How easily and quickly can you specify arguments for your program in C++


All programs don’t have a graphical user interface, and even those whom have one can also be called using a shell/bash/batch command in the Terminal of you choice. When you want to use the command line to run a program, most of the time, you can also pass some arguments to the program, and have it do some specific task it is programmed for.


We are going to look at two ways to do such thing in C++ : the “old” native solution and a modern one

Native solution: argc and argv

This is the old and native solution to solve this problem in C++. I say it is an old solution because it is inherited from C language which starts to be a very old language in the history of programming languages.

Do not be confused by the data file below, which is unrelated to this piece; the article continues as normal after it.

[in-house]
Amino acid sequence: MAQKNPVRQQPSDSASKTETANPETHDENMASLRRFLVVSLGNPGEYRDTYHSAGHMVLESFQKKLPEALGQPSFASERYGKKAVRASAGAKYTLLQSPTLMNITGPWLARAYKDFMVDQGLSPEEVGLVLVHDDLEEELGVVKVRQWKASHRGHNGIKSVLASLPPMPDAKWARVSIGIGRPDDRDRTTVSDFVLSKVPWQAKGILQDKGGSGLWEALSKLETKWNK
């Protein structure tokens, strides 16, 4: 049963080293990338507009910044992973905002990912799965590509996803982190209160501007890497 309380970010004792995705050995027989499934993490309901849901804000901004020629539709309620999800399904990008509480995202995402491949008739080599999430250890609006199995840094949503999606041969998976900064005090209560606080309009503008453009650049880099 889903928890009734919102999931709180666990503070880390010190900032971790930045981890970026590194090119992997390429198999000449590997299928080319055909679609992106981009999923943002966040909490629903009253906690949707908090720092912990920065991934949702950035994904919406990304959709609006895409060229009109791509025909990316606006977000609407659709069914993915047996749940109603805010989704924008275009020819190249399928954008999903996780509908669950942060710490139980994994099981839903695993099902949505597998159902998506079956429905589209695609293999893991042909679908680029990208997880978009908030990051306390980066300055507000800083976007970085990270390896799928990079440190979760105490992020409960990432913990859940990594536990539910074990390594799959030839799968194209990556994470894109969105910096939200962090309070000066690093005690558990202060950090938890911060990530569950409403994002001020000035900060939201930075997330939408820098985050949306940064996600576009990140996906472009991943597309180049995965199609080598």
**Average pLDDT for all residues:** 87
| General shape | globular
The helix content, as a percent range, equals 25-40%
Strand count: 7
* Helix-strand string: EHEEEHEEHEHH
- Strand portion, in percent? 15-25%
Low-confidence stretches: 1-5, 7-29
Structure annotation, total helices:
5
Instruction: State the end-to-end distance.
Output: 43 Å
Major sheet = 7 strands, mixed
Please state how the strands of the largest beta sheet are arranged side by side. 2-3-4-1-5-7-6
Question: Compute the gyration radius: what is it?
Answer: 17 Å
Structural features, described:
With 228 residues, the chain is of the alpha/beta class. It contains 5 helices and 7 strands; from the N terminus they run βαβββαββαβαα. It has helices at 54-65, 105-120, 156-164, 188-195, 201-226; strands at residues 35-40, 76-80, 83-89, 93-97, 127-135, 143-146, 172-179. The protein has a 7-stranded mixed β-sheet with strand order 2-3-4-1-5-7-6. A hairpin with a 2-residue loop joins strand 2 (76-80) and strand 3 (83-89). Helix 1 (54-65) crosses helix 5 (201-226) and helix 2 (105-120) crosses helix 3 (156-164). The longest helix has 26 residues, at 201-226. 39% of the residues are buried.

int main(int argc, char* argv[]) {
for(auto i=0; i< argc; ++i) {
std::cout << argv[i] << std::endl;

Modern solution: Argh!

If you use some more modern technologies in your C++ development environment, then you should at least try this solution to process your command line. Argh! is a header only library, easy to include, either by copy-paste, or via conan into your own build system or into a CMake project. So no problem with that (you can also look at the details on the documentation).

#include <iostream>
#include "argh.h"
int main(int, char* argv[]) {
argh::parser cmdl(argv);
if (cmdl[{ "-v", "--verbose" }])
std::cout << "Verbose, I am.\n";
float scale_factor;
cmdl({"-s", "--scale"}, 1.0f) >> scale_factor; // Use 1.0f as default value

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